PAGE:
TUCSON, Ariz. (KOLD News 13) - For many, heading out for Memorial Day weekend is probably the first vacation in a while.
Health experts say driving is one the safest ways to travel if you have to.
But when you need to go a bit farther, it’s is safe yet to jump on a plane?
“I would think very carefully about the reason for your trip," said Paloma Beamer, an exposure scientist and associate professor in the College of Public Health at the University of Arizona. “I wouldn’t just pop on an airplane to go on a vacation.”
Beamer and her colleague Dr. Kacey Ernst recently wrote an article together weighing in on whether or not it is safe to fly in the time of the coronavirus.
The duo said that airplanes have a higher ventilation rate than most office buildings, but that you should still be taking precautions.
Their article states:
“When the ventilation system on planes is operating, planes have a very high ratio of outside fresh air to recirculated air – about 10 times higher than most commercial buildings. Plus, most planes’ ventilation systems have HEPA filters. These are at least 99.9% effective at removing particles that are 0.3 microns in diameter and more efficient at removing both smaller and larger particles.”
“What you want to think about primarily is who is in your 6-foot bubble,” Beamer said.
Airplanes aren’t built for social distancing, and not every flight will have a seat open between passengers. But when you go to pick, Beamer says aim far away from the aisle.
"Try to get a window seat because that already reduces your 6-foot bubble in half because you have a wall,” she said.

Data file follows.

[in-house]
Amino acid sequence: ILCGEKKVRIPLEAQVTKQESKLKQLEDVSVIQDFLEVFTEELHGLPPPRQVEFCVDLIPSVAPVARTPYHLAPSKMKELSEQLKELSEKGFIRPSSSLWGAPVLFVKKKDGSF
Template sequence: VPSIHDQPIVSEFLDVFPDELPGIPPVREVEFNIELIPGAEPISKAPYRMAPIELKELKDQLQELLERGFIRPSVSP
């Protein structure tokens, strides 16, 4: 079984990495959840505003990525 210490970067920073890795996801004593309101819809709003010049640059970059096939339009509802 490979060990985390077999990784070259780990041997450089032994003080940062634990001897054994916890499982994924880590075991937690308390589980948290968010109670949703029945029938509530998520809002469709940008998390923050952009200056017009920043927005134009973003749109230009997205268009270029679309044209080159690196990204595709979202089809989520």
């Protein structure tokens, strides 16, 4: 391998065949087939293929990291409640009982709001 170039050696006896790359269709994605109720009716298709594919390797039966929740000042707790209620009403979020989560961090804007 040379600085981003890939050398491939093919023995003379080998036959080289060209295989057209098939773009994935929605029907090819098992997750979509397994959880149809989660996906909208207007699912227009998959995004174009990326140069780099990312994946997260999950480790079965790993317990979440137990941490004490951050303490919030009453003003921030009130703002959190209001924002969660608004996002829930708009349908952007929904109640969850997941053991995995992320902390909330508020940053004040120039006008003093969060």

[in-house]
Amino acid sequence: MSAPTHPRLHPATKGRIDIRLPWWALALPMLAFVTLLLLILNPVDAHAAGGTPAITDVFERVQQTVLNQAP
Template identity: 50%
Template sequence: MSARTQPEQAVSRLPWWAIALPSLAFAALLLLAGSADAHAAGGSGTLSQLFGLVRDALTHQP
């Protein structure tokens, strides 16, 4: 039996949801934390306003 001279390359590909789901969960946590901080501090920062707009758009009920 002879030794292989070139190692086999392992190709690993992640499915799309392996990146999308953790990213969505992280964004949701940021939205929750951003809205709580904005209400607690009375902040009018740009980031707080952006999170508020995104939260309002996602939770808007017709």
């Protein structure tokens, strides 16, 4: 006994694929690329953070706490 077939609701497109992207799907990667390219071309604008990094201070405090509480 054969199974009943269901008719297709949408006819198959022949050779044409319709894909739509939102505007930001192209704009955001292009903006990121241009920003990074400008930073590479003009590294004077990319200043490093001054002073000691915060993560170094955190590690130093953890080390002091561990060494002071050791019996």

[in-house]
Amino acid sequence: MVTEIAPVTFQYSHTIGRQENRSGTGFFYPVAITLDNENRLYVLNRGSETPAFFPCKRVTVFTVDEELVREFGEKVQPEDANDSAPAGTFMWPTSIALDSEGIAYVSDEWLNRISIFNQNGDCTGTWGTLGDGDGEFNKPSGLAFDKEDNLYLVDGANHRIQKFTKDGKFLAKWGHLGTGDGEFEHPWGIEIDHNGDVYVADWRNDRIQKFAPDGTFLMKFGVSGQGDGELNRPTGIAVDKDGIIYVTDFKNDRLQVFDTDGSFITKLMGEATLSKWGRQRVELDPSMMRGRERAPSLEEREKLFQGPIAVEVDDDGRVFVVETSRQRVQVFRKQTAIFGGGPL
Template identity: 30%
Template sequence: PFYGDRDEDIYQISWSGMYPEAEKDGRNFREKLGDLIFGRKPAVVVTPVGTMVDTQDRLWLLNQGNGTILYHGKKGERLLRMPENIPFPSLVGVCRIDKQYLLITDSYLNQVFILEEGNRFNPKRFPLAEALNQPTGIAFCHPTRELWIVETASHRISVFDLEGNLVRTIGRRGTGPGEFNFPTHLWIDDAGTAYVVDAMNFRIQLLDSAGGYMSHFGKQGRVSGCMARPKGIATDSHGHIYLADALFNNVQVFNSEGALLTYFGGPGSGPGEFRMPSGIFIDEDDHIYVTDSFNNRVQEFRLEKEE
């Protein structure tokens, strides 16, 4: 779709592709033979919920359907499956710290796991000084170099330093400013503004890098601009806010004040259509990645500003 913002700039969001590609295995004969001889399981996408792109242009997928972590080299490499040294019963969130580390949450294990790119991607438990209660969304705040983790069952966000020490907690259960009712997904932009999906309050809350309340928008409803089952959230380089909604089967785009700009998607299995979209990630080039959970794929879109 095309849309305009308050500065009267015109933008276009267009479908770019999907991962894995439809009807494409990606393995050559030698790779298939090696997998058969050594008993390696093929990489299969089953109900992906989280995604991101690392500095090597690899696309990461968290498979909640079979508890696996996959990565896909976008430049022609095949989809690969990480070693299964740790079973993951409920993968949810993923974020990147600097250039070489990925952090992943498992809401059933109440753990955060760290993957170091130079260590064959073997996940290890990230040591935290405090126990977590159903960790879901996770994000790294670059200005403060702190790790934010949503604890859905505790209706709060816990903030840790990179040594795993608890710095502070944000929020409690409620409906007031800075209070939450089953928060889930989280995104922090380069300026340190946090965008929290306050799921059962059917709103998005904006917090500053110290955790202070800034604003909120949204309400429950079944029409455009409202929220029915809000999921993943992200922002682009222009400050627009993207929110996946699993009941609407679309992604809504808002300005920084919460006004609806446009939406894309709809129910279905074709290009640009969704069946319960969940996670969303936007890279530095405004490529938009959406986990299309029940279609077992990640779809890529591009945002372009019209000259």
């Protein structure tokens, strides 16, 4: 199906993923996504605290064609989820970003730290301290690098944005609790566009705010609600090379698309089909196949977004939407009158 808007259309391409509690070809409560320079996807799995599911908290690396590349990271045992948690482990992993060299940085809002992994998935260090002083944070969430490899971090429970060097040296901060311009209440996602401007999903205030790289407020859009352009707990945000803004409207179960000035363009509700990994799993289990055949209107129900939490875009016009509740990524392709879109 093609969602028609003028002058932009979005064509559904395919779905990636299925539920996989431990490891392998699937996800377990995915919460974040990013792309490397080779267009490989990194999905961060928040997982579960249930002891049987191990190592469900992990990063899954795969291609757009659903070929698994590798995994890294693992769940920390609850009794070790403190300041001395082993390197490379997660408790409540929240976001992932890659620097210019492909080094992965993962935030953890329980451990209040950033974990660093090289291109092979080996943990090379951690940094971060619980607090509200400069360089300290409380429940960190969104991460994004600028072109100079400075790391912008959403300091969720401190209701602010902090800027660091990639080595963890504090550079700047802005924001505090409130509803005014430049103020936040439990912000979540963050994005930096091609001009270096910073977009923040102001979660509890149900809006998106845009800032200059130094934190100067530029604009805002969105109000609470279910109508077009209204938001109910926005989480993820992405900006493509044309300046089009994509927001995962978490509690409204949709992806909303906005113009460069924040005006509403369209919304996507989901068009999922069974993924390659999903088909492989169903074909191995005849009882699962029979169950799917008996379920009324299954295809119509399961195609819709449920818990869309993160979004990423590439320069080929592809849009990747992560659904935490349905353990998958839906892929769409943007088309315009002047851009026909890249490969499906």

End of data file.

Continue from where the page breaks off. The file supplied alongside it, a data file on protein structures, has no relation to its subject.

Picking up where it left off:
Beamer suggests adding a Ziploc bag to your packing list. This is for anything other people will come into contact with like your ID and boarding pass. That way you can take them out and sanitize them before you need to use them next.
"Hand sanitizer and hand wipes if possible, try to clean all the surfaces off near you before you touch them.”
So if you have to travel, being informed is best. Do the research to see what airline and route are the best fit.
“Look at the different airlines your considering and see what they’re doing now and hope they continue it by the time you take your trip,” Beamer said.
Try to minimize getting up and walking down the aisles on a flight or take two shorter flights to minimize your trips to the restroom.
And if you have the choice to drive, do that instead.
Beamer and Ernst also said if you are thinking about flying with kids, there are special considerations.
Getting a young child to adhere to wearing a mask and maintaining good hygiene behaviors at home is hard enough; it may be impossible to do so when flying. Children under 2 should not wear a mask.
Each day, we are all constantly faced with decisions about our own personal comfort with risk. Arming yourself with specific knowledge about your airport and airline, and maximizing your use of protective measures that you have control over, can reduce your risk.